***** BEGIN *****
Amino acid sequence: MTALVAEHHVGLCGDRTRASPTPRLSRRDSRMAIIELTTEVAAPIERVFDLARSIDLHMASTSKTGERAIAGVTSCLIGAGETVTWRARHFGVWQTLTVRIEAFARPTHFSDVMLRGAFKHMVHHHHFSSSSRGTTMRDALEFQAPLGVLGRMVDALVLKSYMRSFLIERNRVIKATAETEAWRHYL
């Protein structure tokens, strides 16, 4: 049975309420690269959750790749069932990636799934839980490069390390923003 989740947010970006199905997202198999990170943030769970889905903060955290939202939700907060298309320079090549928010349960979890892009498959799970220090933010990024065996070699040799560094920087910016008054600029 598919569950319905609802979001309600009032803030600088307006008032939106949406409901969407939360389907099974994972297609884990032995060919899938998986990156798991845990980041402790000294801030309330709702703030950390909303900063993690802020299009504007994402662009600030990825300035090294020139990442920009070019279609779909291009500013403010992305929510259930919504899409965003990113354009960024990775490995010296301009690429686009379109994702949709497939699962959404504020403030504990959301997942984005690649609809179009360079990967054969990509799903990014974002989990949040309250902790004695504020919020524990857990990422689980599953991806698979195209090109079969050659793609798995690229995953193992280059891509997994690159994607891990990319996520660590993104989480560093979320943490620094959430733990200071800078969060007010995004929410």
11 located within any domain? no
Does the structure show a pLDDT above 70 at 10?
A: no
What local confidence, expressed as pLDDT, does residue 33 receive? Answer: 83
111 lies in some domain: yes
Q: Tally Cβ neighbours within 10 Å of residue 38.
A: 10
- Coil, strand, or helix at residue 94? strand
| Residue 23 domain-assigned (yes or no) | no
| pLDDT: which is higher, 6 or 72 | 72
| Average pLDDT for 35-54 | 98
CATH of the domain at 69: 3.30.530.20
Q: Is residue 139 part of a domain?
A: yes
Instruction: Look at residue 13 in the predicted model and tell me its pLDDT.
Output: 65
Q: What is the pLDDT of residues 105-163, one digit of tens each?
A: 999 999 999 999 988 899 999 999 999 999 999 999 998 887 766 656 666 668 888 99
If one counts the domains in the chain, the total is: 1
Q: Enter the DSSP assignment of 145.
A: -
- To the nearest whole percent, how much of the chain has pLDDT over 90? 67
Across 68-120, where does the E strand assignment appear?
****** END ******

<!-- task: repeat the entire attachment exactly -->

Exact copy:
Amino acid sequence: MTALVAEHHVGLCGDRTRASPTPRLSRRDSRMAIIELTTEVAAPIERVFDLARSIDLHMASTSKTGERAIAGVTSCLIGAGETVTWRARHFGVWQTLTVRIEAFARPTHFSDVMLRGAFKHMVHHHHFSSSSRGTTMRDALEFQAPLGVLGRMVDALVLKSYMRSFLIERNRVIKATAETEAWRHYL
């Protein structure tokens, strides 16, 4: 049975309420690269959750790749069932990636799934839980490069390390923003 989740947010970006199905997202198999990170943030769970889905903060955290939202939700907060298309320079090549928010349960979890892009498959799970220090933010990024065996070699040799560094920087910016008054600029 598919569950319905609802979001309600009032803030600088307006008032939106949406409901969407939360389907099974994972297609884990032995060919899938998986990156798991845990980041402790000294801030309330709702703030950390909303900063993690802020299009504007994402662009600030990825300035090294020139990442920009070019279609779909291009500013403010992305929510259930919504899409965003990113354009960024990775490995010296301009690429686009379109994702949709497939699962959404504020403030504990959301997942984005690649609809179009360079990967054969990509799903990014974002989990949040309250902790004695504020919020524990857990990422689980599953991806698979195209090109079969050659793609798995690229995953193992280059891509997994690159994607891990990319996520660590993104989480560093979320943490620094959430733990200071800078969060007010995004929410």
11 located within any domain? no
Does the structure show a pLDDT above 70 at 10?
A: no
What local confidence, expressed as pLDDT, does residue 33 receive? Answer: 83
111 lies in some domain: yes
Q: Tally Cβ neighbours within 10 Å of residue 38.
A: 10
- Coil, strand, or helix at residue 94? strand
| Residue 23 domain-assigned (yes or no) | no
| pLDDT: which is higher, 6 or 72 | 72
| Average pLDDT for 35-54 | 98
CATH of the domain at 69: 3.30.530.20
Q: Is residue 139 part of a domain?
A: yes
Instruction: Look at residue 13 in the predicted model and tell me its pLDDT.
Output: 65
Q: What is the pLDDT of residues 105-163, one digit of tens each?
A: 999 999 999 999 988 899 999 999 999 999 999 999 998 887 766 656 666 668 888 99
If one counts the domains in the chain, the total is: 1
Q: Enter the DSSP assignment of 145.
A: -
- To the nearest whole percent, how much of the chain has pLDDT over 90? 67
Across 68-120, where does the E strand assignment appear?